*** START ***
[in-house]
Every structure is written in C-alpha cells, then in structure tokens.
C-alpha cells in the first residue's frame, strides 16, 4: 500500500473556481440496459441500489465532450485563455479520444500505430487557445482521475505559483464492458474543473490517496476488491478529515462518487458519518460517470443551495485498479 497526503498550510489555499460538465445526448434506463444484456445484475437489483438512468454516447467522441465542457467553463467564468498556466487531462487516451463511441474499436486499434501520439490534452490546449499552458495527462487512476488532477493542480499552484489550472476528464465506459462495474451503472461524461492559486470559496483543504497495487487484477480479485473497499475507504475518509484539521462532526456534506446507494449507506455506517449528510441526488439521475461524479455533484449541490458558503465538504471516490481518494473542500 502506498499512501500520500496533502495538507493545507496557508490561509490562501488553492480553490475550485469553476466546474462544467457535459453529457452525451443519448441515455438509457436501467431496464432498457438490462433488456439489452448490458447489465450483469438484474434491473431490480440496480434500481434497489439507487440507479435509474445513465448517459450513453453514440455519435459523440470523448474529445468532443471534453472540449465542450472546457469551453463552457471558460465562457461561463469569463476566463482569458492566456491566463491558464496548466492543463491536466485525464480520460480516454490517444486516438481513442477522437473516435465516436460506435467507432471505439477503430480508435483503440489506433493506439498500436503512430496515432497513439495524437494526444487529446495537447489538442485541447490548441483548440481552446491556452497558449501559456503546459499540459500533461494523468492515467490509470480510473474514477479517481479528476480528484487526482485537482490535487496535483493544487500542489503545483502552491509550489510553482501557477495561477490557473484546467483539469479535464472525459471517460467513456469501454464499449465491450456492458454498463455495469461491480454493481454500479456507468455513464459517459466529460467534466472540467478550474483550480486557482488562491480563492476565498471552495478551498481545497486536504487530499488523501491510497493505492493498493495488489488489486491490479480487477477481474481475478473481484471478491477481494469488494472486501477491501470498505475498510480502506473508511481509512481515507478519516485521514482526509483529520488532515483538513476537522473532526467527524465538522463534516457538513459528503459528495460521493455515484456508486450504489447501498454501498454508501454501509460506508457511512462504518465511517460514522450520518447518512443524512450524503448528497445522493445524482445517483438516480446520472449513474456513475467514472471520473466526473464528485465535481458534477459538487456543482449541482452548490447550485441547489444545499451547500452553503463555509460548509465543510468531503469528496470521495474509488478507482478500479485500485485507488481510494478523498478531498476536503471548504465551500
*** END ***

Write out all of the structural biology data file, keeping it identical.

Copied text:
[in-house]
Every structure is written in C-alpha cells, then in structure tokens.
C-alpha cells in the first residue's frame, strides 16, 4: 500500500473556481440496459441500489465532450485563455479520444500505430487557445482521475505559483464492458474543473490517496476488491478529515462518487458519518460517470443551495485498479 497526503498550510489555499460538465445526448434506463444484456445484475437489483438512468454516447467522441465542457467553463467564468498556466487531462487516451463511441474499436486499434501520439490534452490546449499552458495527462487512476488532477493542480499552484489550472476528464465506459462495474451503472461524461492559486470559496483543504497495487487484477480479485473497499475507504475518509484539521462532526456534506446507494449507506455506517449528510441526488439521475461524479455533484449541490458558503465538504471516490481518494473542500 502506498499512501500520500496533502495538507493545507496557508490561509490562501488553492480553490475550485469553476466546474462544467457535459453529457452525451443519448441515455438509457436501467431496464432498457438490462433488456439489452448490458447489465450483469438484474434491473431490480440496480434500481434497489439507487440507479435509474445513465448517459450513453453514440455519435459523440470523448474529445468532443471534453472540449465542450472546457469551453463552457471558460465562457461561463469569463476566463482569458492566456491566463491558464496548466492543463491536466485525464480520460480516454490517444486516438481513442477522437473516435465516436460506435467507432471505439477503430480508435483503440489506433493506439498500436503512430496515432497513439495524437494526444487529446495537447489538442485541447490548441483548440481552446491556452497558449501559456503546459499540459500533461494523468492515467490509470480510473474514477479517481479528476480528484487526482485537482490535487496535483493544487500542489503545483502552491509550489510553482501557477495561477490557473484546467483539469479535464472525459471517460467513456469501454464499449465491450456492458454498463455495469461491480454493481454500479456507468455513464459517459466529460467534466472540467478550474483550480486557482488562491480563492476565498471552495478551498481545497486536504487530499488523501491510497493505492493498493495488489488489486491490479480487477477481474481475478473481484471478491477481494469488494472486501477491501470498505475498510480502506473508511481509512481515507478519516485521514482526509483529520488532515483538513476537522473532526467527524465538522463534516457538513459528503459528495460521493455515484456508486450504489447501498454501498454508501454501509460506508457511512462504518465511517460514522450520518447518512443524512450524503448528497445522493445524482445517483438516480446520472449513474456513475467514472471520473466526473464528485465535481458534477459538487456543482449541482452548490447550485441547489444545499451547500452553503463555509460548509465543510468531503469528496470521495474509488478507482478500479485500485485507488481510494478523498478531498476536503471548504465551500